Action plan making at the USM DET workshop
Group 2 discussing their DET action plan making with Peter Tan.
Photo by Wuan.

DET participants in group work for DET action plan making
Group 5 busy drawing up their DET action plan to make their work place accessible.
Photo by Wuan.

Action plan making at the USM DET workshop
Group 3 deep in discussion on making the USM Sports Centre accessible.
Photo by Wuan.

Participants presenting their action plan at USM DET workshop
Group 1 presenting their DET action plan.
Photo by Wuan.

Participants group ohoto at the conclusion of USM DET workshop
Group photo after the Disability Equality Training Workshop at Universiti Sains Malaysia
Photo by Wuan.

The Cushion Disaster That Nearly Was

My trip to Penang to conduct the Disability Equality Training (DET) workshop at Universiti Sains Malaysia almost turned into a disaster. As always, whenever we travel up north from Kuala Lumpur to Penang, Wuan and I will make a stop in Ipoh to break the monotony of the long journey.

We went to pick up Wuan’s parents for lunch with us. At the restaurant car park, as Wuan was setting up the wheelchair for me, we realised that we had left the wheelchair cushion behind in Kuala Lumpur. I use two cushions of different thicknesses, the thinner Supracor Stimulite Sport when I am at home and a thicker Supracor Stimulite Classic XS when I am out and about.

The wheelchair was customised to be used with a cushion. Without one, my posture would be affected. It would be very uncomfortable and considering the long hours that I would be in the wheelchair at the workshop, there was a possibility of getting pressure sores on the buttocks as well. The first inclination was to make the 2-hour drive back to Kuala Lumpur for the cushion after lunch and then drive all the way to Penang. I estimated that we would arrive at the hotel in Penang at around 10pm.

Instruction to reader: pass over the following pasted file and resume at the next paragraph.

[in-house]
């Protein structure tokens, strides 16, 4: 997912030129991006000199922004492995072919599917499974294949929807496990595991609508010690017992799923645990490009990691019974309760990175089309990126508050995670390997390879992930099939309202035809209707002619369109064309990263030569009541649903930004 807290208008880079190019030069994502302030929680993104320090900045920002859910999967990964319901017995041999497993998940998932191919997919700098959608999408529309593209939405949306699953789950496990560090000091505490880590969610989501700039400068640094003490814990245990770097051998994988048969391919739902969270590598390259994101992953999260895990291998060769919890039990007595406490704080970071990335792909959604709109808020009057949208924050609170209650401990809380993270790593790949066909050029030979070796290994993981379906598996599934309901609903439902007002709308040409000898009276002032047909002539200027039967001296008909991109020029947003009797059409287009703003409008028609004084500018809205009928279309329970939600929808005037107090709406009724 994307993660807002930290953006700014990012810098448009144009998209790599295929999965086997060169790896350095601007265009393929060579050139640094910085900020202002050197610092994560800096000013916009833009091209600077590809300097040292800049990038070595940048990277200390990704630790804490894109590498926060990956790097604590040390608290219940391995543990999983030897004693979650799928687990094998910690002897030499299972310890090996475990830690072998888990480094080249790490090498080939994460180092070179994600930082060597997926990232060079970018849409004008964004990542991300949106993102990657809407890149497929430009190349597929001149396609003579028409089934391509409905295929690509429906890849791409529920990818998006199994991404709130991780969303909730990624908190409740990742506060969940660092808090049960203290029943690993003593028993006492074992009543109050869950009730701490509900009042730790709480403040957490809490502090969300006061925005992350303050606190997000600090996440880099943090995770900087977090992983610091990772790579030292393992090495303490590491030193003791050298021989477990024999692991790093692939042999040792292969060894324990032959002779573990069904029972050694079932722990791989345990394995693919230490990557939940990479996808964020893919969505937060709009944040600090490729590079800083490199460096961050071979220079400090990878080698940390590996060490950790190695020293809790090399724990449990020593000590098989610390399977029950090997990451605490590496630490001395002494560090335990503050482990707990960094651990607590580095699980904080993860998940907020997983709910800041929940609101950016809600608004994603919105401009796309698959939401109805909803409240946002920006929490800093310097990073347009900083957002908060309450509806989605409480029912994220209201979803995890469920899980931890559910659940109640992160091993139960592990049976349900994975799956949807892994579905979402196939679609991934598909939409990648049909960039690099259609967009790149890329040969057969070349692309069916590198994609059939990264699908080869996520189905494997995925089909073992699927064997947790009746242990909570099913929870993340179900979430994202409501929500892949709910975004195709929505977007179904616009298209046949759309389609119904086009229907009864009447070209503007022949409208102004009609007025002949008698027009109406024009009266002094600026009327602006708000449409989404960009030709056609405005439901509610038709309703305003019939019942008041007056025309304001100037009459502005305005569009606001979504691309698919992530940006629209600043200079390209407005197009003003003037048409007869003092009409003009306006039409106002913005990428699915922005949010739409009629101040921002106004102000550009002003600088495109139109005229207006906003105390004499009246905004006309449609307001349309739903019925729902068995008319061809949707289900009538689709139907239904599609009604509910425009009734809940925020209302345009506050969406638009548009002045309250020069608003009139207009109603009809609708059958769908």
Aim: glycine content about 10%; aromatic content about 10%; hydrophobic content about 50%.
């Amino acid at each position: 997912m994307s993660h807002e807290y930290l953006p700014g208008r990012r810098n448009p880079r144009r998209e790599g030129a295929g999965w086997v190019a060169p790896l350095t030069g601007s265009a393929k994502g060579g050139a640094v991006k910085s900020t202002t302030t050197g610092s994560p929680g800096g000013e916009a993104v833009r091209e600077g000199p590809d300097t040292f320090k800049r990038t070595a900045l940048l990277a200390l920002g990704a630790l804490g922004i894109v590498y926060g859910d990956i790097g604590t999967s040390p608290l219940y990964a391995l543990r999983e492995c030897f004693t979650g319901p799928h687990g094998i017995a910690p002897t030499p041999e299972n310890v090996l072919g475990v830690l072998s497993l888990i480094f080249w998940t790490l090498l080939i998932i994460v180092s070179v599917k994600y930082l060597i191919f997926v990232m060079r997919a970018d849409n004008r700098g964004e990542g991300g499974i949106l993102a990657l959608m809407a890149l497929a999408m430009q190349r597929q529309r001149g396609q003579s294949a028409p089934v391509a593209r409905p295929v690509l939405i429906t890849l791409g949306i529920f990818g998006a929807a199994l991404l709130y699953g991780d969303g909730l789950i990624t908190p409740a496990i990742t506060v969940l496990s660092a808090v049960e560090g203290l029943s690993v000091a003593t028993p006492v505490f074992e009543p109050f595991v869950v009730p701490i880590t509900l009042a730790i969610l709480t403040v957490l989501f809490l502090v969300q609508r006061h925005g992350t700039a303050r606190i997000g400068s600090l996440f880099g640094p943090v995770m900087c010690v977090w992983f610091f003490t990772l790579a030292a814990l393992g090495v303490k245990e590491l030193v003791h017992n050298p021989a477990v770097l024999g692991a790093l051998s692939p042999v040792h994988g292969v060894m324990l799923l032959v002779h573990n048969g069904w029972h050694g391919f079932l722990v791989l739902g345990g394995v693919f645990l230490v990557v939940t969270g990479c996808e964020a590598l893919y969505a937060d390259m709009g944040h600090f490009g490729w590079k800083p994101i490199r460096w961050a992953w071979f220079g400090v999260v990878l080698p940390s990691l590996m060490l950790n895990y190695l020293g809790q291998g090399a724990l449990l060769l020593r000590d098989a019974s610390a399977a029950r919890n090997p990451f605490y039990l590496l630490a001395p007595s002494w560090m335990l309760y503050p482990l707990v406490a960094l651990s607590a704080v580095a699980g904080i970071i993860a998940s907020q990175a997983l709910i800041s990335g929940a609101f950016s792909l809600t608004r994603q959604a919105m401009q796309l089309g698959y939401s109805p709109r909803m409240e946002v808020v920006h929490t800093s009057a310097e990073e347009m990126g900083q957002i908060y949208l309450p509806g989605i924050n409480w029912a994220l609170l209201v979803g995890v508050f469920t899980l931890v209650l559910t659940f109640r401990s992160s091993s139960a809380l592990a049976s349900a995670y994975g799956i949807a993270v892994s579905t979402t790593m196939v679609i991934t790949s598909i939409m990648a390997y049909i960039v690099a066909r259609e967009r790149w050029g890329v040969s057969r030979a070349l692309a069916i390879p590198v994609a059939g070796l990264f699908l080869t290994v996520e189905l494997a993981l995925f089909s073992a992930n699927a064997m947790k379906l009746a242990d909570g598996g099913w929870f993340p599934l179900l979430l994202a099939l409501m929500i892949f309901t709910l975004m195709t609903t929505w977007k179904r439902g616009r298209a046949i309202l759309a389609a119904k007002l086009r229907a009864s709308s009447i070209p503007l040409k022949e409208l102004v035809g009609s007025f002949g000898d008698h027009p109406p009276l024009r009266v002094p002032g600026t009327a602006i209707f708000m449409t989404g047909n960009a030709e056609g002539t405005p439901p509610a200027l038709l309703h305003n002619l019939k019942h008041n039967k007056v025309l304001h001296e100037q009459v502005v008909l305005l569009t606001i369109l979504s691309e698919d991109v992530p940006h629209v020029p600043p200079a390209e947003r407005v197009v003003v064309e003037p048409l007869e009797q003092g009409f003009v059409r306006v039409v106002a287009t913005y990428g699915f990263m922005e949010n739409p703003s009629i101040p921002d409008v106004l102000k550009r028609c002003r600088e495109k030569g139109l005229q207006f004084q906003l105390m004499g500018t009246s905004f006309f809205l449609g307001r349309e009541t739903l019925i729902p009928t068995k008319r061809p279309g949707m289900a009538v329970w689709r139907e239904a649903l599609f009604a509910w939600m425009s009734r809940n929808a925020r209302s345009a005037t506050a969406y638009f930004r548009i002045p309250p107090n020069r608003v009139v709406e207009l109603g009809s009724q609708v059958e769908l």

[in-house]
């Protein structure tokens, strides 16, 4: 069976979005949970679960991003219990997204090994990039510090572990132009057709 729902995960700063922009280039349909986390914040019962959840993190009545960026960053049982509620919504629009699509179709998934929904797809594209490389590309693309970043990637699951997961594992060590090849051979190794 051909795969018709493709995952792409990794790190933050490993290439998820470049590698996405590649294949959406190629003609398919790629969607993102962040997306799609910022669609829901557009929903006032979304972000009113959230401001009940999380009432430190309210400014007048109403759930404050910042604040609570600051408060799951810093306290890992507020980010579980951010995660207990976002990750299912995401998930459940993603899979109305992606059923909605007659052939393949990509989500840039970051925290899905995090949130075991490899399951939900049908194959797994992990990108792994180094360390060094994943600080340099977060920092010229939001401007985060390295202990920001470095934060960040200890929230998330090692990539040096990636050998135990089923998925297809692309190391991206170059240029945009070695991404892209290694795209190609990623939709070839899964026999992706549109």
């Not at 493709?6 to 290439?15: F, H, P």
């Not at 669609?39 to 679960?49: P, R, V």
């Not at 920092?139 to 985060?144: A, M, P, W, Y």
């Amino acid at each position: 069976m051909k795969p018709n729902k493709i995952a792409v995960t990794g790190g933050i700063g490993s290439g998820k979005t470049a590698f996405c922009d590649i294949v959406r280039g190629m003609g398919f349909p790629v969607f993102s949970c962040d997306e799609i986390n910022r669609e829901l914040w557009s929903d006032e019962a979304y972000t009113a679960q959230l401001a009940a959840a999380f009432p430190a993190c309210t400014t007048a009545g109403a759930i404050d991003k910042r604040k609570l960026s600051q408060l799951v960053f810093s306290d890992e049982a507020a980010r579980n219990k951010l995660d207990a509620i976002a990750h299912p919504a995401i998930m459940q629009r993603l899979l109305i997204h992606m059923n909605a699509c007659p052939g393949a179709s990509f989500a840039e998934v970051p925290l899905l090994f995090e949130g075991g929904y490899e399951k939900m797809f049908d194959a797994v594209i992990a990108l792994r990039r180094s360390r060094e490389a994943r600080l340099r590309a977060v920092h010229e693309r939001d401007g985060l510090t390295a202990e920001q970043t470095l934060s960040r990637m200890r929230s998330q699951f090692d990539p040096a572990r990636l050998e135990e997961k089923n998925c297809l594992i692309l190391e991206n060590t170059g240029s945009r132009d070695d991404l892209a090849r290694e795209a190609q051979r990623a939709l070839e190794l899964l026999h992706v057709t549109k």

The other option was to look for a cushion in Ipoh. There are no Supracor Stimulite dealers in Malaysia. I had to bring both of mine in from the USA. The next option was to get the ROHO, an air-filled cushion that I have pressure-mapped at the hospital with favourable results. I am not too fond of this cushion though because the air pressure has to be constantly monitored and being air-filled, there is always the issue of it springing a leak, more so when we are living with cats with sharp claws.

Roho Quadtro Select High Profile and Supracor Stimulite Classic XS
Top – Roho Quadtro Select High Profile. Bottom – Supracor Stimulite Classic XS.

The good thing about using a smartphone is that I could access the Internet to look for the address of Lifeline Innovators, a medical and rehabilitation equipment dealer, that I knew had a branch in Ipoh. I was surprised that for a shop that deals with rehabilitation equipment especially wheelchairs, it did not have a ramp to the shop. The helpful staff had to carry me in my wheelchair up three steps to the five-foot way and another step into the shop. It is ironic that while they sell enabling gears, they are also the source of disablement with the non-existent accessible facilities for disabled customers visiting the shop. The management of Lifeline Innovators should seriously look into this issue.

I wanted the Roho Quadtro Select Mid profile but they did not have my size. The staff let me test the Quadtro Select High Profile instead. I was seated rather high and felt wobbly and unstable. The good thing about this cushion is that the air can be released for better positioning. It felt more comfortable after some adjustments.

So, after haggling over the price, I parted with RM1,300 for the cushion and continued with our journey up north, praying that nothing else would go wrong after that. Considering the situation, it was a small price to pay. The decision to buy the Quadtro Select, although not as comfortable as my Stimulite Classic XS, was the better choice as opposed to driving all the way back home to pick the cushion up or the possibility of getting a pressure sore that could take months to heal sitting without the cushion.